Comment: ‘Hand over’, as a verb, is the correct form here; handover as a single word is not a verb but can be used as a noun, as in “The handover was made to the client upon completion.”

 

  1. “We will be imputing the customers’ names and addresses onto our database.”

Instead say: “We will be inputting the customers’ names and addresses onto our database.”

Comment: The word ‘imputing’ has a separate meaning. To impute means to attribute something; imputation is a method used in statistics for filling in gaps in data. Neither of these apply to my example. ‘Input’ sounds like ‘imput’ (doh! – autocorrect has flagged this up as I thought it would) so this is one of those instances where you need to be careful about typing in according to its sound, e.g. “I should of (instead of have or ’ve) paid the bill” is a common mistake that you’ve no doubt come across.

 

  1. “Our representative will then affect a repair.”

Instead say: “Our representative will then effect a repair.”

Comment: ‘Effect’, meaning to carry out, is the correct word here; ‘affect’ means to have a bearing or influence on. If the sentence was “Our representative’s actions can affect a repair.” then it would be correct.

 

  1. “The visit comprises of a talk, handouts and a questions session.”

Instead say: “The visit comprises a talk, handouts and a questions session.”

Comment: ‘Comprises’ means ‘made up of’ in any case, so there is no need to insert an additional ‘of’. A similar mistake is using ‘revert back to’ instead of merely ‘revert to’ but this is something that autocorrect should pick up on.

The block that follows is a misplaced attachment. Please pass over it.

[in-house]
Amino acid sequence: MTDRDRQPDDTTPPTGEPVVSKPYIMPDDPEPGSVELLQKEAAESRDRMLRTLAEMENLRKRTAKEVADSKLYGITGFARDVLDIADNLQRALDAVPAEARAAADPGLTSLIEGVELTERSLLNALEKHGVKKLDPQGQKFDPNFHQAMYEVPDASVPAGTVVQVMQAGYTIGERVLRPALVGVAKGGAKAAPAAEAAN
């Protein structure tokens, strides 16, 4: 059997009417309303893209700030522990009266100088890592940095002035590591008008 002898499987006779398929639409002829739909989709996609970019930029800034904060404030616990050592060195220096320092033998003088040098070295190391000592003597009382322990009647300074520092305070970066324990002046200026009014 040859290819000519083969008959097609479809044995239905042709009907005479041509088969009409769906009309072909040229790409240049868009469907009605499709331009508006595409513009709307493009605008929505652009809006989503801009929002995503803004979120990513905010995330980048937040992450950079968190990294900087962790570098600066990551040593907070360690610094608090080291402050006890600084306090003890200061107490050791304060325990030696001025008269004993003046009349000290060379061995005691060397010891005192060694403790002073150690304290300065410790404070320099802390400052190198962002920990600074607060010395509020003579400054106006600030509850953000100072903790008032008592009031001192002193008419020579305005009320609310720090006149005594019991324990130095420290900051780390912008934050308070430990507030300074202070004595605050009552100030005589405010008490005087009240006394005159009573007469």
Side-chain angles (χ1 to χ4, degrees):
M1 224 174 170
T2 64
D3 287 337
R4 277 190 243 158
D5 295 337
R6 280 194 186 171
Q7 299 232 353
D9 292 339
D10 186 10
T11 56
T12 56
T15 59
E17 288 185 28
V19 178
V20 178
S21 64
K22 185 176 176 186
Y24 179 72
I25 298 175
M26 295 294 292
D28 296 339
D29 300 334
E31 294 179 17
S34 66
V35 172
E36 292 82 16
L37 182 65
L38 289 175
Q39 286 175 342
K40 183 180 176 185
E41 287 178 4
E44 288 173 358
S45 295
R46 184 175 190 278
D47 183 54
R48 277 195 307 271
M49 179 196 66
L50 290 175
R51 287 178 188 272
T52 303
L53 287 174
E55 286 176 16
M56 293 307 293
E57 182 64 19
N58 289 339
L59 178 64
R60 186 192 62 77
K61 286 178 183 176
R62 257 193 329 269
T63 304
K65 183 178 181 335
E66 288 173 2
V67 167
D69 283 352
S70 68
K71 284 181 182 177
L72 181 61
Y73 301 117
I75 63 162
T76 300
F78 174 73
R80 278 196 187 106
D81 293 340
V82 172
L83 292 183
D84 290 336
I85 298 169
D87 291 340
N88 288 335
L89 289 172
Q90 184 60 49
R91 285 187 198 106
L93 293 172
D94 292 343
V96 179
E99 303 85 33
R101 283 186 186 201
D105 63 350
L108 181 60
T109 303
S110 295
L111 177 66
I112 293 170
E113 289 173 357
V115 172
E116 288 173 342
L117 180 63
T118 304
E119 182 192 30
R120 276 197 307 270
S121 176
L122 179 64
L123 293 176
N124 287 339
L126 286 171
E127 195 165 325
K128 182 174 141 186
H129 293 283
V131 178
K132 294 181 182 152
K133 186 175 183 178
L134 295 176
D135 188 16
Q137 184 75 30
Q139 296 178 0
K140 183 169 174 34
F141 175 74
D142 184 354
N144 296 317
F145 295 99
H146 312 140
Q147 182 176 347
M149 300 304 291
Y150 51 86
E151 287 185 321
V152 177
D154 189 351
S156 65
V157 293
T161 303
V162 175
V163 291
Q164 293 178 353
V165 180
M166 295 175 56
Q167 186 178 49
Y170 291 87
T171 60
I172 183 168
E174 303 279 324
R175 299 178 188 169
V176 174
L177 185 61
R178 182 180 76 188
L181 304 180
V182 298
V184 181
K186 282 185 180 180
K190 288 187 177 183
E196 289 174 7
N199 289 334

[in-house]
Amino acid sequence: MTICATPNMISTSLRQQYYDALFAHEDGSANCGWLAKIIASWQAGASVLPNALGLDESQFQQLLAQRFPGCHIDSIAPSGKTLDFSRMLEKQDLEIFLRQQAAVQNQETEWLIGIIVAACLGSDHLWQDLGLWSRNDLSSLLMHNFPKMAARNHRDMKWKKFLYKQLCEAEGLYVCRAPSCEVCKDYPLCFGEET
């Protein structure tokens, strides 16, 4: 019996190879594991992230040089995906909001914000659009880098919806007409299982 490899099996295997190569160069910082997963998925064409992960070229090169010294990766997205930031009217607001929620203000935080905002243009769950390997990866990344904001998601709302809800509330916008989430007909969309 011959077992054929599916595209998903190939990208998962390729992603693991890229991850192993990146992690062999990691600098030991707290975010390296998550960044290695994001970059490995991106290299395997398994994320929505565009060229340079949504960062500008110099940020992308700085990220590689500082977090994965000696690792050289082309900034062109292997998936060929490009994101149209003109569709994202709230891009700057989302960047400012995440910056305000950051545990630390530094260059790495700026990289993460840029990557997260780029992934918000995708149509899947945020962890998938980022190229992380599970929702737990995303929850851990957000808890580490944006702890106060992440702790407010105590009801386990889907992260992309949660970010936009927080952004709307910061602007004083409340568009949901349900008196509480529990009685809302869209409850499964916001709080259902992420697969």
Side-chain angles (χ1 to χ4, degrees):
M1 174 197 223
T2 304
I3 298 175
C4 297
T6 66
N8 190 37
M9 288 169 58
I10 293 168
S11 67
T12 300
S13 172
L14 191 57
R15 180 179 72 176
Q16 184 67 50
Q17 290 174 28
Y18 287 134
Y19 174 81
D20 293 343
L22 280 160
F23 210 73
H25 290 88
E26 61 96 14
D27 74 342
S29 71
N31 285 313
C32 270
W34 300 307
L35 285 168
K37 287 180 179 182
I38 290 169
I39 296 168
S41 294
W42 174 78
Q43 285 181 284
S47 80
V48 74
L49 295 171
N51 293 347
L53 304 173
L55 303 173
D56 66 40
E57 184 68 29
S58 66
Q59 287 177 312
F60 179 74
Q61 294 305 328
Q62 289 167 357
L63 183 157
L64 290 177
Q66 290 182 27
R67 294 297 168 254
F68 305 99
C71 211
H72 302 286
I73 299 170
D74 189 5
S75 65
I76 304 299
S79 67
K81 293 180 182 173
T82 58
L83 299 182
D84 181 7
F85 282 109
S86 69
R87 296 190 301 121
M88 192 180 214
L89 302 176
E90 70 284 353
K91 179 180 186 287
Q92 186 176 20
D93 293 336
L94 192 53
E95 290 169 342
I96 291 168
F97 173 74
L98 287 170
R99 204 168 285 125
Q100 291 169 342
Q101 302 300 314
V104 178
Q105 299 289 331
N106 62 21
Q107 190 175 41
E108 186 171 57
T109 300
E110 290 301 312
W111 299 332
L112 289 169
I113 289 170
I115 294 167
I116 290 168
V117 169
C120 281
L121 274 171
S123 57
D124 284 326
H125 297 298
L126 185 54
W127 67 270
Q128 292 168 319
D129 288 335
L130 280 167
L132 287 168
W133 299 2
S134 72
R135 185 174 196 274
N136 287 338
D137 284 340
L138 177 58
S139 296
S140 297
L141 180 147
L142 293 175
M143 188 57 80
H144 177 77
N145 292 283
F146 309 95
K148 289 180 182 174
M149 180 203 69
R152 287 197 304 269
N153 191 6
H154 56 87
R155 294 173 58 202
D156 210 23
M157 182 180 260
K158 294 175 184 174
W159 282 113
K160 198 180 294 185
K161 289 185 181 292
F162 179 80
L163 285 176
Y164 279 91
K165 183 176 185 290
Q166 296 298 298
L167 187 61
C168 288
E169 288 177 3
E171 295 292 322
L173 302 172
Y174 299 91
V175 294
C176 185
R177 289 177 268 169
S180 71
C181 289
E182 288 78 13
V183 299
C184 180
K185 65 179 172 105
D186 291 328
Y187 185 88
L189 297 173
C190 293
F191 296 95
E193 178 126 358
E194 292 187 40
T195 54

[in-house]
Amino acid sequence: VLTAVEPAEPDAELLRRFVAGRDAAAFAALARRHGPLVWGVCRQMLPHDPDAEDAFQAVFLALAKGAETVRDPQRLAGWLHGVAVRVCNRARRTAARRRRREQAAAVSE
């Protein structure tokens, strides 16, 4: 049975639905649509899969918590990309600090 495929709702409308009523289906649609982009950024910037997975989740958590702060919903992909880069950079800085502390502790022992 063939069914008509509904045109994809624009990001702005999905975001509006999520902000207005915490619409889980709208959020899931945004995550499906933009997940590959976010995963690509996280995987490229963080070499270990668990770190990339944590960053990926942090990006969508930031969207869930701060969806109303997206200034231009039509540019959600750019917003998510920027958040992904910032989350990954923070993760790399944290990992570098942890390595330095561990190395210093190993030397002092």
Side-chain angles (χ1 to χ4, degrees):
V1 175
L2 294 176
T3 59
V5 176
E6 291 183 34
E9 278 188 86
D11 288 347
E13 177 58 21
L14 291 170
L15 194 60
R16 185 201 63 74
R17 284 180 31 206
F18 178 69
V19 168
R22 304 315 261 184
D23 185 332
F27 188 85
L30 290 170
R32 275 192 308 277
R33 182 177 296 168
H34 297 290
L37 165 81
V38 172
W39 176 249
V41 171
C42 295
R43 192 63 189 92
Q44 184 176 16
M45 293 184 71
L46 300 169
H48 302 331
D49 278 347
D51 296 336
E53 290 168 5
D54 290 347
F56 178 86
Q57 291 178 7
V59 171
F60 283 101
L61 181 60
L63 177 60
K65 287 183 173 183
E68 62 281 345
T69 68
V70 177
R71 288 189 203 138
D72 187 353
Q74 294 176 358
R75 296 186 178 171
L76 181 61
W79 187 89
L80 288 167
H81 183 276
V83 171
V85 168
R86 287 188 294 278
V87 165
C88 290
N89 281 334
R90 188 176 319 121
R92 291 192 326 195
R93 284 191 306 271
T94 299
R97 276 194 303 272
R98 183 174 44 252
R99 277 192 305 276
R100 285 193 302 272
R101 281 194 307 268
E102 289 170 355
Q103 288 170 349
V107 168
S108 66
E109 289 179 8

1. “This will ensure the stakeholders involvement.”

Instead say: “This will ensure the stakeholder’s involvement.”

Comment: The word “…stakeholder’s” here refers to one stakeholder. For more than one you would say “…the stakeholders’ involvement.” When denoting possession (or involvement, as in this example) involving more than one person or group, the general rule for plurals is this: for plurals already ending with an ‘s’, such as stakeholders, simply add an apostrophe – so it becomes “…stakeholders’ involvement.” For plurals that don’t end in an ‘s’ you add the apostrophe to the end of the plural word, and then an ‘s’, e.g. “children’s involvement”, “women’s involvement”, “people’s involvement”.